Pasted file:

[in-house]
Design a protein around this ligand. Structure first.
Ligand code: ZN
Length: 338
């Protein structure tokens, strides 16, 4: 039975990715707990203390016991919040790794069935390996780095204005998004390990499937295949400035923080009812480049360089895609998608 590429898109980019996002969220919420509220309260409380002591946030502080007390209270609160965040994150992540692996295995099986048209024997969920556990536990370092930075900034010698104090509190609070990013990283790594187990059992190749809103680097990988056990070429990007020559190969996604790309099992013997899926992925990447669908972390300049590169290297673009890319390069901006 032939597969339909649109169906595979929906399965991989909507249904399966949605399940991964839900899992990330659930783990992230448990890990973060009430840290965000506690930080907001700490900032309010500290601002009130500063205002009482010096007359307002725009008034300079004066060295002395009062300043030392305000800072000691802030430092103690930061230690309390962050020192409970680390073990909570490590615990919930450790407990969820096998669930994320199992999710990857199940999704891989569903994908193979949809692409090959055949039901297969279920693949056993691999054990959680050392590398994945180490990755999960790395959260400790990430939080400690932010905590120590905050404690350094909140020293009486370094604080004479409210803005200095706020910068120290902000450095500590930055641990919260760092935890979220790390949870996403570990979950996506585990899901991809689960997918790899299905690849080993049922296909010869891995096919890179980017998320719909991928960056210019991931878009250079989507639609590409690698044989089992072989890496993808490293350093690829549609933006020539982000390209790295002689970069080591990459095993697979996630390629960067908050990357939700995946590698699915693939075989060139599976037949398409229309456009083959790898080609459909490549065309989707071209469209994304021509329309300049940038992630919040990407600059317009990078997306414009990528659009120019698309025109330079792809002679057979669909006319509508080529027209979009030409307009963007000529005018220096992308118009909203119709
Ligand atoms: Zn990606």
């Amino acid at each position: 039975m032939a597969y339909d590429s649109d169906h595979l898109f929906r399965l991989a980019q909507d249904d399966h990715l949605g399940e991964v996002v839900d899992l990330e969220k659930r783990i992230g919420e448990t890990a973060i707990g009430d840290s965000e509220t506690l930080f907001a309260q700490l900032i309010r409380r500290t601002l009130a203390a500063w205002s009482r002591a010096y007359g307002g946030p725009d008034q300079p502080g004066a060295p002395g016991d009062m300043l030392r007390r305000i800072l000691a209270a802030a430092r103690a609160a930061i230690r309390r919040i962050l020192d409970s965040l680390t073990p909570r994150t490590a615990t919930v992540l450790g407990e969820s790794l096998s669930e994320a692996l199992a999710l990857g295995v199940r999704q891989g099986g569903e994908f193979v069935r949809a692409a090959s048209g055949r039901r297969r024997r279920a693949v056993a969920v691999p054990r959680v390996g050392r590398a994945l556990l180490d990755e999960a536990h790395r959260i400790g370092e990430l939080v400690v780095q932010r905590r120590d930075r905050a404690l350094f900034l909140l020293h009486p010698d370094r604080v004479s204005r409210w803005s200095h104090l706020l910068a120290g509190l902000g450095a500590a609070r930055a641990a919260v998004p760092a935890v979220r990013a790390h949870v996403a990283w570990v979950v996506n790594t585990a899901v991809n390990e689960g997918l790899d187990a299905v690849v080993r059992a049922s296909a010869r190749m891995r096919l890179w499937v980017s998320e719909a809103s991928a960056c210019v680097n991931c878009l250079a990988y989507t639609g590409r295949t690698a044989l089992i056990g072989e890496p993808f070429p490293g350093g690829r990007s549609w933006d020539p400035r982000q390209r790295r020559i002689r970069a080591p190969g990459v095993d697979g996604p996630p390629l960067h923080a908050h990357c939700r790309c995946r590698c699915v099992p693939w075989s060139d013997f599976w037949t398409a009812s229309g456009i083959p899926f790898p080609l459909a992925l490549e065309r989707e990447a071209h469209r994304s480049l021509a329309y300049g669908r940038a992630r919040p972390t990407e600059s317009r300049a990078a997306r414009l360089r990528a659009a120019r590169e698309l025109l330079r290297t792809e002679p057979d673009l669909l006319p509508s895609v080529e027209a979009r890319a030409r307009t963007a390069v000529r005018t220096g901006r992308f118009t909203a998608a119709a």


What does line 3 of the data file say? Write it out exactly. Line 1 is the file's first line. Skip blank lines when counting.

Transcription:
Ligand code: ZN